Pacific Northwest Regional Reports

Peak-Season Perennials for the Northwest

Fine Gardening – Issue 212
Golden Baby® Dwarf Goldenrod

While we would all ideally have gardens that look at their peak in every season, the reality is often far from that ideal. Very few of us have all the time in the world to dedicate to our gardens, and the hard truth is the planning and work that goes into gardening means we often only get one season where we can sit back and enjoy the fruits of our labor.

As Executive Editor Danielle Sherry explains, “Winter is for planning. It’s when you really don’t want to be outside and when your time is better spent formulating the plan of attack to make your garden the best it can be. Spring is the working time period, when the bulk of your cleanup, planting, and projects get done. Fall is also a working period and is generally when you can revisit the things you didn’t get done in spring.”

After all of that prep and planning, you want to ensure your summer garden is at its prime when it’s finally too hot to toil. To help ensure your summer garden really shines, regional experts shared their favorite perennials for this peak season. Find picks for the Northwest below, and be sure to check out more fabulous summer selections in Peak-Season Combos.


1. ‘Indian Summer™’ Peruvian Lily

Indian Summer Peruvian Lily

Name: Alstromeria ‘Tesronto Imp’

Zones: 8–9

Size: 24-30 inches tall and 36 inches wide

Conditions: Full sun; well-drained soil

Native range: South America

I’ve fallen in love with this well-behaved Peruvian lily. Its unusual, plum-colored foliage contrasts beautifully with the flowers’ smoldering tones of gold, peach, orange, red, and burgundy when the blooms begin to open in early summer. In cool maritime climates, blossoms occur continuously until early autumn, bringing a tropical touch to your garden. This deer-resistant, easy perennial is robust in growth but is not a rampant spreader, instead forming a compact clump with long, sturdy stems that are excellent for cut flowers. Flowering will be more profuse and will occur for a longer period with regular watering during the summer.


2. ‘Golden Baby®‘ Dwarf Goldenrod

Golden Baby Dwarf Goldenrod

Name: Solidago ‘Goldkind’

Zones: 4–8

Size: 12 to 18 inches tall and 18 to 24 inches wide

Conditions: Full sun; average to dry, well-drained soil

Native range: Garden origin

This cute goldenrod is a compact, upright grower with glowing, golden-yellow blooms. The tiny flowers are arranged by the hundreds in graceful tiers on the sturdy branch tips; they look beautiful in the garden and make excellent cut flowers. The plant forms a tight crown and will not run or reseed as it matures. Originally selected for the cut flower industry, this tough perennial exhibits very good resistance to diseases, is not palatable to deer or rabbits, and is loved by bees and butterflies. Although it can tolerate dry conditions, it will perform even better if given some supplemental water during dry periods.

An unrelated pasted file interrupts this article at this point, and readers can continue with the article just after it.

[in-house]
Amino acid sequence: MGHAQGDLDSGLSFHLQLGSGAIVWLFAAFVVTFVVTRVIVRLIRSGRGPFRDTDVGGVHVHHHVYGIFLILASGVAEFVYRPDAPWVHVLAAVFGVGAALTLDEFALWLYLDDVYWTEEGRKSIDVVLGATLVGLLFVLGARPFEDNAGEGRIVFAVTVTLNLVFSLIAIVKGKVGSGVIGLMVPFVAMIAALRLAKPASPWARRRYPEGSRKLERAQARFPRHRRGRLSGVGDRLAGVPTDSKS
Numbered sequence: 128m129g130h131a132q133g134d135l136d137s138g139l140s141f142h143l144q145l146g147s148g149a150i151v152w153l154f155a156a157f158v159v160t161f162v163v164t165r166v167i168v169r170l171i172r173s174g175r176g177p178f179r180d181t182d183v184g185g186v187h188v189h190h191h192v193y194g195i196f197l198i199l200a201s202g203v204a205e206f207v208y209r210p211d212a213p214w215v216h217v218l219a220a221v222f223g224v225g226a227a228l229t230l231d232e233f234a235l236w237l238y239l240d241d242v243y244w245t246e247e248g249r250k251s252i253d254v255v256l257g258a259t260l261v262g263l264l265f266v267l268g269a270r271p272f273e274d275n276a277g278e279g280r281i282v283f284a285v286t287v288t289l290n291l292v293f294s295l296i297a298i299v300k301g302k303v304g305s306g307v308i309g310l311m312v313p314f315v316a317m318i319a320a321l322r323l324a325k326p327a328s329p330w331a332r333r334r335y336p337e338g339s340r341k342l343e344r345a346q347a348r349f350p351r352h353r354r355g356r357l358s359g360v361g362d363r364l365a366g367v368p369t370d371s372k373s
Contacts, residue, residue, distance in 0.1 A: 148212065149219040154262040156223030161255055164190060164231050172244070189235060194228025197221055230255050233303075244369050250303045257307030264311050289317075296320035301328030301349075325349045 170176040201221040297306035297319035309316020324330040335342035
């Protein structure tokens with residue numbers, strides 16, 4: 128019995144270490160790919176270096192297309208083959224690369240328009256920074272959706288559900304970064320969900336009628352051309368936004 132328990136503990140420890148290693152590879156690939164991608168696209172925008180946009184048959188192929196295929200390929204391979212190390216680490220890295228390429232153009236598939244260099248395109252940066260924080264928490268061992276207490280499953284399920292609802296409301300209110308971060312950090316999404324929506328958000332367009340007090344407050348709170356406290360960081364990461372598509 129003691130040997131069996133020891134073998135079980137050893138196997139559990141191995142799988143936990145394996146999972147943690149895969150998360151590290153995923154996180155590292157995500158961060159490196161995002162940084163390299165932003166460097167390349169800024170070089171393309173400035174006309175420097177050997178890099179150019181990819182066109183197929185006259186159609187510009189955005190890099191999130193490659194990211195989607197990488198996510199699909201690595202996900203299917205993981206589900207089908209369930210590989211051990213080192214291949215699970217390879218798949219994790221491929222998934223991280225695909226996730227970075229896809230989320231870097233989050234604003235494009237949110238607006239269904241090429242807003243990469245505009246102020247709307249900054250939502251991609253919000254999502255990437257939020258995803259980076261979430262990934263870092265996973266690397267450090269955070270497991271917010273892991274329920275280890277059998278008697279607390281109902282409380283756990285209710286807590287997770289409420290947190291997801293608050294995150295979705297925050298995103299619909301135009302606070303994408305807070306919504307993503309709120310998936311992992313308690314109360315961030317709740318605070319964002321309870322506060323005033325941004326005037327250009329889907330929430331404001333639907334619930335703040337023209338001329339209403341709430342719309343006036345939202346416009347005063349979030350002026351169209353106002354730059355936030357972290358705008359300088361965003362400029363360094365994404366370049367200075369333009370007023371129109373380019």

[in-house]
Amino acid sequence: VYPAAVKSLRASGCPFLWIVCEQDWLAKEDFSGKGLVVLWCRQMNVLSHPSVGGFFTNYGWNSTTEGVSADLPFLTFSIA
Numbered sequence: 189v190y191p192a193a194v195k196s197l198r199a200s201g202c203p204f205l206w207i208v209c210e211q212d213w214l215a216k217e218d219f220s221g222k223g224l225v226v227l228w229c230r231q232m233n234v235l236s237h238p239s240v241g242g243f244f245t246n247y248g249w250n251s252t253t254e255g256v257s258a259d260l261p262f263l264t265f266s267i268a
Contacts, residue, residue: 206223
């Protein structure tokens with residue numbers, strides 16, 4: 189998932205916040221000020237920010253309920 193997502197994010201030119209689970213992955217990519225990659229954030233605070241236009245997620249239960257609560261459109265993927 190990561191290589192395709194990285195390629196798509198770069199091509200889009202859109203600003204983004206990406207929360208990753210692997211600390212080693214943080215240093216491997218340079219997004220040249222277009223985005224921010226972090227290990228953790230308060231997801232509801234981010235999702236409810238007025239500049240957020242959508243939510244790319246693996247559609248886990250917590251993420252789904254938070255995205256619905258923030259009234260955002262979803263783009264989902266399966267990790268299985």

3. ‘Mönch’ Aster

Mönch Aster

Name: Aster × Frikartii ‘Mönch’

Zones: 5–9

Size: 3 feet tall and wide

Conditions: Full sun; well-drained soil

Native range: Garden origin

‘Mönch’ adds a welcome cool note to the summer garden as the warm days intensify. It is unique among asters for its earlier and longer flowering time. The first periwinkle-blue flowers with cheerful yellow centers open in late June, and the show continues until early autumn. Its stout stems are well branched and resist flopping later in the season. New flowers form higher on the stem than fading older blooms, making deadheading unnecessary. This aster has shown good deer and rabbit resistance. To help it live longer, protect it from becoming overly wet in winter.


4. ‘Bleeding Hearts’ Ox Eye Sunflower

Bleeding Hearts Ox Eye Sunflower

Name: Heliopsis helianthoides var. scabra ‘Bleeding Hearts’

Zones: 3–9

Size: 4 feet tall and wide

Conditions: Full sun to partial shade; well-drained soil

Native range: Eastern and central North America

From the moment this tough prairie perennial emerges in spring, its smoky purple-tinted foliage makes a statement. This long-blooming plant opens its first flowers in early July and continues to bloom until early autumn. As the buds open, the petals are an astonishing vibrant reddish orange that will slowly age to a rich golden yellow. At the peak of summer, ‘Bleeding Hearts’ gives a spectacular multicolored show, with individual flowers holding up for over four weeks. New flowers are formed above the older blooms, hiding them and making deadheading unnecessary or mostly so. Deer generally find this plant unpalatable—unlike pollinators, which adore the blooms. It is tolerant of clay and rocky soil as long as there is good drainage. Water it regularly during prolonged dry weather for best flowering.

Contributing editor Richie Steffen is executive director of the Elisabeth C. Miller Botanical Garden in Seattle.

Photos: courtesy of Richie Steffen

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